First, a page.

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Lift Truck Tips: Beyond checklist compliance

Truck-mounted fleet management technology ensures unsafe equipment and operators are immediately addressed.
By Josh Bond, Associate Editor
December 01, 2012

Following an OSHA mandate requiring checklists be routinely completed before every lift truck operation, the industry has finally become comfortable having a routine. But, that doesn’t mean forklift users have gotten any better at it. In 2011, more than 3,400 citations were issued for non-compliance with section 1910.178 governing powered industrial trucks. As an alternative, truck-mounted fleet management technology from a variety of suppliers offers built-in compliance with official and user-defined safety standards.

In theory, checklists are kept on the lift truck, completed at the start of each shift, collected and reviewed by a supervisor weekly (or sometimes monthly), then filed in anticipation of an OSHA inspection or an incident.

The possibility exists for an operator to complete a checklist, mark the truck “unsafe for operation” then go and drive the truck. Only when the checklist crosses the supervisor’s desk will there be an opportunity to take the unit in question out of service.

“If there’s an incident before those repairs, the supervisor can only hope that the checklist demonstrating a lack of action is nowhere to be found,” says Jim Gaskell, director of Global Insite Products for Crown Equipment.

Truck-mounted technology can now automatically shut down the unit upon a failed inspection while immediately sending e-mails to the supervisor and service provider. Those inclined to “pencil whip” the randomized checklist questions are held accountable by a dashboard that shows a supervisor whether each operator has taken 30 seconds to complete a recommended 3- to 5-minute inspection. When it comes time for an audit, the process can be cut from as much as a day of collecting and organizing paper checklists to a few minutes to generate and print a report.

These systems can provide a 13-month ROI and enable much more than checklist compliance. But, they also require a sizable cultural shift in labor management. An operator whose truck locks down after a failed inspection will have to find another one. And, an operator whose required refresher training period expired yesterday will find he cannot access any forklift in the building.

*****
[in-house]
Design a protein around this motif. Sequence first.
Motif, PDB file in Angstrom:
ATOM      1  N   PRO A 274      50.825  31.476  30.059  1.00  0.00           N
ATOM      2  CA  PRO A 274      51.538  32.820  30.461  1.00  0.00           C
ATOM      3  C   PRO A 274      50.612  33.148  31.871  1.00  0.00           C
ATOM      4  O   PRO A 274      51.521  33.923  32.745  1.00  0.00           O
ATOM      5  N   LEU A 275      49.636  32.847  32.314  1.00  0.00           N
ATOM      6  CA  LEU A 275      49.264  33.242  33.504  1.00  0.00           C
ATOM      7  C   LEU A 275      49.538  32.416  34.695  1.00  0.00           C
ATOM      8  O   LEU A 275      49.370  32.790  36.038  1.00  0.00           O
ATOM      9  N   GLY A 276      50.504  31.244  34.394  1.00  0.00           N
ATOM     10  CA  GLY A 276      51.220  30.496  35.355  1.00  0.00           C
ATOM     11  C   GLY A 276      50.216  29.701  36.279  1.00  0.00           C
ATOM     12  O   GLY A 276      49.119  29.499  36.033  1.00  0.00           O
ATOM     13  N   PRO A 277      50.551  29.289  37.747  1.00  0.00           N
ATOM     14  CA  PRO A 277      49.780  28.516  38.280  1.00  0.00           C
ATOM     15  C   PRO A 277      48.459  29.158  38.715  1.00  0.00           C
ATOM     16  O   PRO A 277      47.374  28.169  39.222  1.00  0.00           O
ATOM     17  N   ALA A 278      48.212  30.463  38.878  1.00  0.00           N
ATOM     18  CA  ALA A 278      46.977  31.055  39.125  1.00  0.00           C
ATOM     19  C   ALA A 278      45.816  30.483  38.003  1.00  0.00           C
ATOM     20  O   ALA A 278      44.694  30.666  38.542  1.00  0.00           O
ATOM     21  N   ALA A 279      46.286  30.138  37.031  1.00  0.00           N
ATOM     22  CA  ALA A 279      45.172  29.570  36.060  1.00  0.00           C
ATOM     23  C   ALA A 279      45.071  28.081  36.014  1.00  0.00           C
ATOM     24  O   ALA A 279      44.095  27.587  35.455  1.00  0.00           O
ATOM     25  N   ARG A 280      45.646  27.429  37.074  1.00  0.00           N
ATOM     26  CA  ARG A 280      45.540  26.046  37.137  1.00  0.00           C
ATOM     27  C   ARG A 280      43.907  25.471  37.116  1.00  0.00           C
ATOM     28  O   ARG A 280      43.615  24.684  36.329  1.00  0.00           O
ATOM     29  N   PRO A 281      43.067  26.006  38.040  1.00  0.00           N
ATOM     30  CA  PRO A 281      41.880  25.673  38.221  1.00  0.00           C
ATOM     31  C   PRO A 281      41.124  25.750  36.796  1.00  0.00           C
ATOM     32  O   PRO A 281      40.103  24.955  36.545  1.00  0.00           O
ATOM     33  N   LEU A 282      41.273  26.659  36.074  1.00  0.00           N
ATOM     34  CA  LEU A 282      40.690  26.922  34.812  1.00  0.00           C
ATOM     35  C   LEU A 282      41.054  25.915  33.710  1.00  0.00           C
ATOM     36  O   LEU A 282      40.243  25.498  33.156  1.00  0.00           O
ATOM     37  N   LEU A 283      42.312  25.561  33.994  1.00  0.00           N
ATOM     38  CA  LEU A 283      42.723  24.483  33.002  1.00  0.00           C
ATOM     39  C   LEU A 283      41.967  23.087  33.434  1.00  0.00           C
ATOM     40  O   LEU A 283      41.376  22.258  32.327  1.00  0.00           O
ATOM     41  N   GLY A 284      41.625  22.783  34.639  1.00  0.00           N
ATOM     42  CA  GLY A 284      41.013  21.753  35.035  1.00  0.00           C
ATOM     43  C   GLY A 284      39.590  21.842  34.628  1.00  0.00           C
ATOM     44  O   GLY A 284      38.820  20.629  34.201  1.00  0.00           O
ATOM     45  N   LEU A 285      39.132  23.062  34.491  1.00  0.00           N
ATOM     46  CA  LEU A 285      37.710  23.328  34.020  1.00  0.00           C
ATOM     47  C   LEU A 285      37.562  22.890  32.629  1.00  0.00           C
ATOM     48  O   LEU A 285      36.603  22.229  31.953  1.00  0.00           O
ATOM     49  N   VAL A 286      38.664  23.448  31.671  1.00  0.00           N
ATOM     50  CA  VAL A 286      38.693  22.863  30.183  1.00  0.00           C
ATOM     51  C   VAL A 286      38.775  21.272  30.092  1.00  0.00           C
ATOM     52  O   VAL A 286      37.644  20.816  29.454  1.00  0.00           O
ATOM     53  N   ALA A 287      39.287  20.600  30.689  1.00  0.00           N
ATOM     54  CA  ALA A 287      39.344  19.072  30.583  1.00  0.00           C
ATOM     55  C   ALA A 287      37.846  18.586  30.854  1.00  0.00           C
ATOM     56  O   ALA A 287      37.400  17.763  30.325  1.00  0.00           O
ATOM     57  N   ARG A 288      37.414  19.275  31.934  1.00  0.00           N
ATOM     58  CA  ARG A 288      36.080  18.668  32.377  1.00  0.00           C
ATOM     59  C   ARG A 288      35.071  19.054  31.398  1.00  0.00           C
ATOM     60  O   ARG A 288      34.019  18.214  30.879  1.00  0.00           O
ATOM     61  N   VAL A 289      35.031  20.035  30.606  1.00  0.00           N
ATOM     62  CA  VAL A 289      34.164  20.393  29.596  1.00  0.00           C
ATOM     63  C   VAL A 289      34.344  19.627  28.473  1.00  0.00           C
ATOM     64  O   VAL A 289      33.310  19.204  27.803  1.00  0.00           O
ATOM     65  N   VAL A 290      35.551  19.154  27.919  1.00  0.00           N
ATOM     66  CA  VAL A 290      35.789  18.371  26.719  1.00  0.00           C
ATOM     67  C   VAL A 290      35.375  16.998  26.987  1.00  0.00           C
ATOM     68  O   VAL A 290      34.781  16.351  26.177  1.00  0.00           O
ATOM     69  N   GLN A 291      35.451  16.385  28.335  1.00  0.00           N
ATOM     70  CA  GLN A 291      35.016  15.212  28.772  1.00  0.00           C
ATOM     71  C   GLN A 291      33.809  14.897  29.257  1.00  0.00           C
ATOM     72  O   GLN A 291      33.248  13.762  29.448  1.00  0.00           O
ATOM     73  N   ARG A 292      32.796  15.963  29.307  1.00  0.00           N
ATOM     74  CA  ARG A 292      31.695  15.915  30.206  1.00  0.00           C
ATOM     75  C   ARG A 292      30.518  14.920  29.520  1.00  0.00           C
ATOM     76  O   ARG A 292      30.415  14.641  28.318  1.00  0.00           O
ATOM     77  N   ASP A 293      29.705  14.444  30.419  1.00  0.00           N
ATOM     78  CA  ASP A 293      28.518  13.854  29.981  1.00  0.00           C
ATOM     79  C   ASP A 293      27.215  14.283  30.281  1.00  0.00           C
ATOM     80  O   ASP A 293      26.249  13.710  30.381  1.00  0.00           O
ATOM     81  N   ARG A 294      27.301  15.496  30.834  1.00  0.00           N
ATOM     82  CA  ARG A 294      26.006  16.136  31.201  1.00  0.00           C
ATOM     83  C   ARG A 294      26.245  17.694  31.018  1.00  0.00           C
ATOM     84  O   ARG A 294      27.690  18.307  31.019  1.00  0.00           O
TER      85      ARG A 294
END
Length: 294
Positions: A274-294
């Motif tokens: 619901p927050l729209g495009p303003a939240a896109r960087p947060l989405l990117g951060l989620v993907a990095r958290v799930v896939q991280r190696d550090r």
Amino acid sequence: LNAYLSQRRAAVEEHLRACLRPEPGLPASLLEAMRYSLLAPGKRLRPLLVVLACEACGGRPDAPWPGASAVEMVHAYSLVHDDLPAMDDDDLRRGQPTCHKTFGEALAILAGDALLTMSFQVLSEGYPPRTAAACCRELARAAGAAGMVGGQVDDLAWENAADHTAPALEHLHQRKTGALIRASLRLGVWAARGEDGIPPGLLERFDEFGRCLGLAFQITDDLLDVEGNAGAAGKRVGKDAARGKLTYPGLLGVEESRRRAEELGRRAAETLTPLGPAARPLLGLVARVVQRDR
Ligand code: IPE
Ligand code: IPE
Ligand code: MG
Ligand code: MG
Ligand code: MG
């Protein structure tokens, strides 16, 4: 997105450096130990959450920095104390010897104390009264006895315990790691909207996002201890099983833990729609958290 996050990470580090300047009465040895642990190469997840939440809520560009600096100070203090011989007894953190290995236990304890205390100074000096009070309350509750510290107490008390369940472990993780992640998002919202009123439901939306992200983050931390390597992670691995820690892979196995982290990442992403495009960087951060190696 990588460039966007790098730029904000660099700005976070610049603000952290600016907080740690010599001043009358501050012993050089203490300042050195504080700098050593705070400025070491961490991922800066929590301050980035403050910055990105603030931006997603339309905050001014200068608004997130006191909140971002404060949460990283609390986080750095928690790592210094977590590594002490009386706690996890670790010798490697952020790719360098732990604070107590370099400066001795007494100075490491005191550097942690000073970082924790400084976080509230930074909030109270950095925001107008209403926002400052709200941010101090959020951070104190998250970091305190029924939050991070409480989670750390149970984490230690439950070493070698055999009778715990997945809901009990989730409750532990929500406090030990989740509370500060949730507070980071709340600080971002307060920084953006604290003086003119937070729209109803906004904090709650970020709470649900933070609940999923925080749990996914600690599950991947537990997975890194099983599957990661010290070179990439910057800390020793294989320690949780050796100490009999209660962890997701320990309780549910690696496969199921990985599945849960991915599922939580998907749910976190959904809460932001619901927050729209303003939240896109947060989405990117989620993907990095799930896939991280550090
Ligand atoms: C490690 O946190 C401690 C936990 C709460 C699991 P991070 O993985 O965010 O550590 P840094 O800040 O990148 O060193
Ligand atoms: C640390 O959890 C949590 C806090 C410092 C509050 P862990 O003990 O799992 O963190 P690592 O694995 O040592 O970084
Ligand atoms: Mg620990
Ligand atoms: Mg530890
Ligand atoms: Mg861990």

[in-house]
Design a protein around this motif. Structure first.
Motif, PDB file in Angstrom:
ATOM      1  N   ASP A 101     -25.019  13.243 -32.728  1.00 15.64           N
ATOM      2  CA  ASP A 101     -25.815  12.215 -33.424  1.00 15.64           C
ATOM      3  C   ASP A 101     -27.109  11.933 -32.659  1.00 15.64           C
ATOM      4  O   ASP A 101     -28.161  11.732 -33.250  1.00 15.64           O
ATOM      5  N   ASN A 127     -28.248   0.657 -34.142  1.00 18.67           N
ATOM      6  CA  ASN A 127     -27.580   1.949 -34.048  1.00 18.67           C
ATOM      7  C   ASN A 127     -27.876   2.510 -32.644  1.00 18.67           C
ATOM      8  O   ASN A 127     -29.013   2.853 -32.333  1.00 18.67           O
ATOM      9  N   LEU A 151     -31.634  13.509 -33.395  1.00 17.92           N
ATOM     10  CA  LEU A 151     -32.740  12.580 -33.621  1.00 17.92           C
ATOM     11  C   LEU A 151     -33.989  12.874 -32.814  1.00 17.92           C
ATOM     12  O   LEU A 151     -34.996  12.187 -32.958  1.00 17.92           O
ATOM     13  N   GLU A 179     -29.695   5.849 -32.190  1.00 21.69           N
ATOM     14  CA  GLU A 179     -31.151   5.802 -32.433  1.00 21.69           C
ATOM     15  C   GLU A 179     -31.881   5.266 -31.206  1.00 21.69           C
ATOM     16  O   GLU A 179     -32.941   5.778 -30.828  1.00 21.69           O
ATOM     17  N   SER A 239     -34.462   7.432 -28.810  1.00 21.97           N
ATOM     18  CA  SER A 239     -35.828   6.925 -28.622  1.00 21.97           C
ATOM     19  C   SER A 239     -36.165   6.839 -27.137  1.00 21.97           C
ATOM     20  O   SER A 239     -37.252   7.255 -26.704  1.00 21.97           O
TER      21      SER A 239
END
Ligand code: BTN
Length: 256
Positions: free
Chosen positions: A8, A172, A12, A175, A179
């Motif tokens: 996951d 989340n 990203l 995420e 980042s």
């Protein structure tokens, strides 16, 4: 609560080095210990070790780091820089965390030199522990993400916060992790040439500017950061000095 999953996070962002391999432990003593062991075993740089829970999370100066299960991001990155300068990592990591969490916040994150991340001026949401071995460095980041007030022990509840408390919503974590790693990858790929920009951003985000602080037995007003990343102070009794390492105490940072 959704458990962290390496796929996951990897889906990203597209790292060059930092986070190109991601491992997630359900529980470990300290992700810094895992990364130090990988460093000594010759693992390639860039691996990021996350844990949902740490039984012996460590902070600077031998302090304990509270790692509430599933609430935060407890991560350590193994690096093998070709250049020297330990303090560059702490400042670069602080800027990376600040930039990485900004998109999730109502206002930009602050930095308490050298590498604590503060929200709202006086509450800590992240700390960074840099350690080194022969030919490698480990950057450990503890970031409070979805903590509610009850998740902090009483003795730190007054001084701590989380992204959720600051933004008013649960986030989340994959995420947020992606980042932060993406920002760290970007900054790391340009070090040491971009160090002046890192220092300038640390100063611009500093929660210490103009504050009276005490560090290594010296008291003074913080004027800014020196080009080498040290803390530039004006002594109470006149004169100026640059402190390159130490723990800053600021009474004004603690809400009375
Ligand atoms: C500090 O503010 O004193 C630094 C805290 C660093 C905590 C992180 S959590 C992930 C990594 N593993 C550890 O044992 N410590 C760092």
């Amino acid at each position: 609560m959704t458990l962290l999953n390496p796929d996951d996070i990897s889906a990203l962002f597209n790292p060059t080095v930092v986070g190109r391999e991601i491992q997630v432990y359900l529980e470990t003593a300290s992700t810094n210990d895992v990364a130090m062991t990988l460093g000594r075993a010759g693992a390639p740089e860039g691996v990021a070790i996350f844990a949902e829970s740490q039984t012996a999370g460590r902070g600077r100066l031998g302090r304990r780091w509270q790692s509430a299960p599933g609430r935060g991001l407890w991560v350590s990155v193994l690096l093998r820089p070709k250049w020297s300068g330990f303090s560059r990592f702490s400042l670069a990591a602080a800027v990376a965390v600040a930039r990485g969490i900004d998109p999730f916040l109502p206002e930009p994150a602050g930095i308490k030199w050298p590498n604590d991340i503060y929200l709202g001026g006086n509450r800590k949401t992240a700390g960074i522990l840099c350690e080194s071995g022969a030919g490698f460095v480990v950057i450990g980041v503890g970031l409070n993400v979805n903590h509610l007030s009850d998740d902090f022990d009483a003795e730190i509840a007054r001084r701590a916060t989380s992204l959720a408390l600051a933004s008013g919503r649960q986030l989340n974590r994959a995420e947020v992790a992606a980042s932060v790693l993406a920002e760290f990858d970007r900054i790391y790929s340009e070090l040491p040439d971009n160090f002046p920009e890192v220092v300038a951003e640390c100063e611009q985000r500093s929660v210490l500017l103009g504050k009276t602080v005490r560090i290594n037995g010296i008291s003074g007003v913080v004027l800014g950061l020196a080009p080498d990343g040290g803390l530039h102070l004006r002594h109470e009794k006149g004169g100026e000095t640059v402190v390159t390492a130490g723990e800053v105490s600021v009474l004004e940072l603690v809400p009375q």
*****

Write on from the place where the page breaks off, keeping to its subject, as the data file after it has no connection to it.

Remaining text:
Supervisor visibility into the fleet and its operators also allows managers to evaluate each worker based on the sum of his productivity, speed and safety. For instance, a supervisor who always perceived the fastest picker to be among the most valuable might suddenly see all the impacts that have come as a result of that speed. Less-experienced operators can have their profiles adjusted to set speed caps on whatever forklift they are using.

“One customer found that an employee’s forklift never lifted throughout the day,” says Gaskell, offering an extreme example. “The guy had just been driving around the warehouse talking to people.”


Of 3,432 violations in 2011, the top five cited sections of OSHA 1910.178:

• 1910.178 (I)(1): Safe operation of industrial trucks.
• 1910.178 (l)(4): Refresher training and evaluation
  requirements.
• 1910.178 (I)(6): Employer shall certify that each operator has been trained and evaluated as required.
• 1910.178 (p)(1): Requires industrial trucks in need of
  repair to be taken out of service until restores to safe
  operating condition.
• 1910.178 (q)(7): Requirements for examining industrial trucks before they are placed into service.

About the Author

image
Josh Bond
Associate Editor

Josh Bond is an associate editor to Modern. Josh was formerly Modern’s lift truck columnist and contributing editor, has a degree in Journalism from Keene State College and has studied business management at Franklin Pierce.


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